We assume that the presence of fine-grained sediments appearing in the cores in Maxwell Bay reflect periods of intense glacier melting. This allows us together with other parameters to identify warmer and colder periods that are most likely related to Holocene climate fluctuations.

"Changing Polar Regions" - 25th International Congress on Polar Research 2013 CHALLENGES IN ANTARCTIC MARINE BIODIVERSITY AND FOOD

WEBS STUDIES: A TOP PREDATORS PERSPECTIVE

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The Southern Ocean holds a diverse range of unique marine ecosystems.

Characterized by extreme environmental conditions, it provides habitats for highly adapted and specialized organisms and communities, some of which are targets of commercial exploitation. Furthermore, the Southern ocean are among the regions that are most susceptible to rapid ocean warming and acidification, two of the most pressing effects of global climate change. This presentation aims to highlight the most recent research work focused on Antarctic marine ecosystems, specifically on the feeding and foraging ecology of top predators (particularly penguins, albatrosses and seals), the development of methods applied to improve this knowledge (e.g.

quantifying methods for prey biodiversity, identication guides for prey), modelling tools to predict changes in the future and insights into the conservation of top predators in the Southern Ocean.

"Changing Polar Regions" - 25th International Congress on Polar Research 2013 ARCTIC MULTIYEAR ICE CONCENTRATION RETRIEVAL FROM SSM/I DATA

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Global warming is most pronounced in the Arctic. The Arctic sea ice extent is a sensitive climate indicator. As a consequence of the strongly decreasing trend of yearly Arctic sea ice minimum in September, the area of multiyear ice, which has survived more than one summer, is decreasing too. Multiyear ice is important because it differs from first year ice in physical and biological respect. Multiyear ice is thicker and therefore conducts less heat from ocean to atmosphere, it has more resistance against deforming forces of wind and currents and it is populated by microorganisms which are at the beginning of the food chain. Therefore multiyear ice area and extent need to be determined as exactly as possible. In this study, we retrieve multiyear ice concentration with two existing methods, namely the NASA Team algorithm, Comiso’s algorithm, and a new developed algorithm, the NASA Team algorithm with dynamic tie points. Dynamic tie points are used in the second and third methods to compensate the seasonal impact of brightness temperature variation. To assess the performance of the three methods, analyses were made for the winters from 1998 to 2008. The results show that methods with dynamic tie points yields higher estimates. For all the three methods, there is a clear declining trend of multiyear ice area from 1998 to 2008, which is consistent with the decrease of the yearly minimum ice extent. Furthermore, the ice extent of multiyear ice decreases during the winter, reflecting the expected loss of multiyear ice by melt and export to more southern latitudes.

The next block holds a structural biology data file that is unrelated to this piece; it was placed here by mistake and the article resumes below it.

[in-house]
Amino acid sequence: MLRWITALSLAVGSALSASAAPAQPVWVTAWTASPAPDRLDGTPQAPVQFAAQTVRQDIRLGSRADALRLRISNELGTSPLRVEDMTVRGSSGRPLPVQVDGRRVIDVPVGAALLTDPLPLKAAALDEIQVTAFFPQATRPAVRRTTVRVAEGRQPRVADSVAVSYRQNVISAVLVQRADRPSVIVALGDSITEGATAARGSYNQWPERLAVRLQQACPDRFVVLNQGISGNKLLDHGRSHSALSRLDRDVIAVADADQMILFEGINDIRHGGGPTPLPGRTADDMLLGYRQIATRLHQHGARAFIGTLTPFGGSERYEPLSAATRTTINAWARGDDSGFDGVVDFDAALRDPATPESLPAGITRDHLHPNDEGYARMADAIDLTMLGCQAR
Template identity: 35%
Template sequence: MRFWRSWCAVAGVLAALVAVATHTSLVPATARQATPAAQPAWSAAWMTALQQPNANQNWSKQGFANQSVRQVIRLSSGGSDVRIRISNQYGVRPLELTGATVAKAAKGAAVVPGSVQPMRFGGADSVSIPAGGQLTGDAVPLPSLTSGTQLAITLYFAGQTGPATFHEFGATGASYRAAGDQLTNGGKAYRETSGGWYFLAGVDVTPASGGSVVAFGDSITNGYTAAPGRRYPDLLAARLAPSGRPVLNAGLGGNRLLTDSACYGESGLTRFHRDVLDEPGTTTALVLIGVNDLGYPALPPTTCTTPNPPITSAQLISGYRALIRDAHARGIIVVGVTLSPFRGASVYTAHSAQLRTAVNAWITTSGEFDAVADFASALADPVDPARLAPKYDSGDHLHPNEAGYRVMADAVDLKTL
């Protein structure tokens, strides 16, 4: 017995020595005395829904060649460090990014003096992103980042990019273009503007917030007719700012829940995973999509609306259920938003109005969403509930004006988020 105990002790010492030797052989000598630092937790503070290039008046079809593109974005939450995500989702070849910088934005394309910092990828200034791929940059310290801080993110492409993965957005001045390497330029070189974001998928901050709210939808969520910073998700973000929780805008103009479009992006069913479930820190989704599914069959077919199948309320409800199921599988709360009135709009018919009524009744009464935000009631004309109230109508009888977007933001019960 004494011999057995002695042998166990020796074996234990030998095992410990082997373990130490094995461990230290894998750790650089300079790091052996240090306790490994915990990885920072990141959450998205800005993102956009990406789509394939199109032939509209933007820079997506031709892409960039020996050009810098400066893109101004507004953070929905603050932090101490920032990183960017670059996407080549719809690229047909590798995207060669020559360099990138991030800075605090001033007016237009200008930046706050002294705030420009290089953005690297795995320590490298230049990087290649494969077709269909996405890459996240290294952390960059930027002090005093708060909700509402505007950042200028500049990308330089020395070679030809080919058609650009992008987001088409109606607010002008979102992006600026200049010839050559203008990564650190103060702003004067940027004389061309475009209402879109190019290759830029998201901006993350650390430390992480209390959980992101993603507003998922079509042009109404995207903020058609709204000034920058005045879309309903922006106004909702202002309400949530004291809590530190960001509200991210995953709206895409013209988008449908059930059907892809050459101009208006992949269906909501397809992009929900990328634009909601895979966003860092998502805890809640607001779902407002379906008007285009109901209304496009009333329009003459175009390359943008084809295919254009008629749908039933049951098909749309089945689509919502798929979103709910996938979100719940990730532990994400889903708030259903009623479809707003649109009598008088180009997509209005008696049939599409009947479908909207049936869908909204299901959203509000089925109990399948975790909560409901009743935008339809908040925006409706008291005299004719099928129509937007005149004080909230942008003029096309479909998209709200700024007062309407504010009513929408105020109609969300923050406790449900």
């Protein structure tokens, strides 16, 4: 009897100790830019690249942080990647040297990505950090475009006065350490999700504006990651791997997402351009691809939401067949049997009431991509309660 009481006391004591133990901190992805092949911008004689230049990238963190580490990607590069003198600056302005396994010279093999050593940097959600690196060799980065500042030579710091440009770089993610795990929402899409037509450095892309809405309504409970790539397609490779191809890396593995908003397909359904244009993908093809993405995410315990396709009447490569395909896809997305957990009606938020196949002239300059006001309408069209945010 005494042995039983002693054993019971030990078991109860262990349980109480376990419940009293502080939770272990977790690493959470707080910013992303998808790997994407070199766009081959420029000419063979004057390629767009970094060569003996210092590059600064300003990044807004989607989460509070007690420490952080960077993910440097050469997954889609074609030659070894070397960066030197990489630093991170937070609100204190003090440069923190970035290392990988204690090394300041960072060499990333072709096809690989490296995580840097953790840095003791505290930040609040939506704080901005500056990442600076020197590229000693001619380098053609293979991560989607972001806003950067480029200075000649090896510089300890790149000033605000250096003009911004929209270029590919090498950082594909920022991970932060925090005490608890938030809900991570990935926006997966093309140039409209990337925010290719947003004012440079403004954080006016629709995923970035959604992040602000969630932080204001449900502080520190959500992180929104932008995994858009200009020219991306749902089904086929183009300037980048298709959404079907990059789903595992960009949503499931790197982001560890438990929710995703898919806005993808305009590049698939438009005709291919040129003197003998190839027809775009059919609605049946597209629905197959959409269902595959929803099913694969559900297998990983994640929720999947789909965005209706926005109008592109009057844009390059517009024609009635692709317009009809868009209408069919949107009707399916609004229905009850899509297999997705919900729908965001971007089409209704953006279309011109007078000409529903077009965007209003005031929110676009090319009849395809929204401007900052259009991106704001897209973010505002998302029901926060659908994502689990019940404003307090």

"Changing Polar Regions" - 25th International Congress on Polar Research 2013 HEINRICH EVENTS MODELED WITH A COUPLED COMPLEX ICE

SHEET CLIMATE MODEL

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We investigate glacial climate variability with a coupled ice sheet model (ISM) atmosphere-ocean-vegetation general circulation model (AOVGCM) system, focusing on one of the most prominent features of glacial climate variability, the Heinrich events. Modeling past climates and periods of past climate change is an important test of the capability of climate models to correctly represent future climate changes. Only if we can correctly represent past climates and climate changes, we can be condent about our predictions of future climate changes. We show results from two experiments: (1) a steady-state LGM experiment where the ice sheet model is accelerated by a factor of 10 compared to the climate model covering 30 kyrs in the ISM (3 kyrs in the AOVGCM) and (2) a synchronously coupled experiment focusing in on one ice sheet collapse covering 3.2 kyrs in both models. For the experiments, we coupled a modified version of the Parallel Ice Sheet Model (mPISM) bidirectionally with the AOVGCM ECHAM5/MPIOM/LPJ. ECHAM5 and LPJ were run in T31 resolution (_ 3:75_), MPIOM on a grid with a nominal resolution of 3_ and poles over Greenland and Antarctica, mPISM on a 20km grid covering most of the northern hemisphere. In the models, as well as in the coupling, no ux correction or anomaly maps are applied. The ice sheet surface mass balance is computed using a positive degree day scheme with lapse rate correction and height desertication ect. In the experiments, the surges of the Hudson Strait Ice Stream reach discharge rates of 60 000m3/s and show a typical recurrence interval of 7 kyrs, matching the basic characteristics for Heinrich events inferred from proxy data. The surges are consequences of an internal instability mechanism suggested by MacAyeal (1993) and various parts of the ice sheets show repeated surging. The large ice discharge during a surge of the Hudson Strait Ice Stream causes an expansion of the sea ice cover in the Labrador Sea and the adjacent North Atlantic. The freshwater, that is released when the ice melts, stabilizes the density stratication in the northern Atlantic. Consequently, the north Atlantic deepwater (NADW) cell weakens by about 10% and the Antarctic BottomWater cell strengthens slightly. The weaker NADW cell transports less heat to the north and thus the ocean heat release decreases. With the increase in sea ice cover and the decrease in ocean heat release, the over the northern Atlantic cools. This cooling spreads downwind into Eurasia. The lower temperature and the increased sea ice cover reduce the evaporation over the northern Atlantic and the Nordic Seas. Consequently, Eurasia receives less precipitation. All in all, the changes in the climate system caused by the ice stream surges are consistent with the proxy reconstructions for Heinrich events.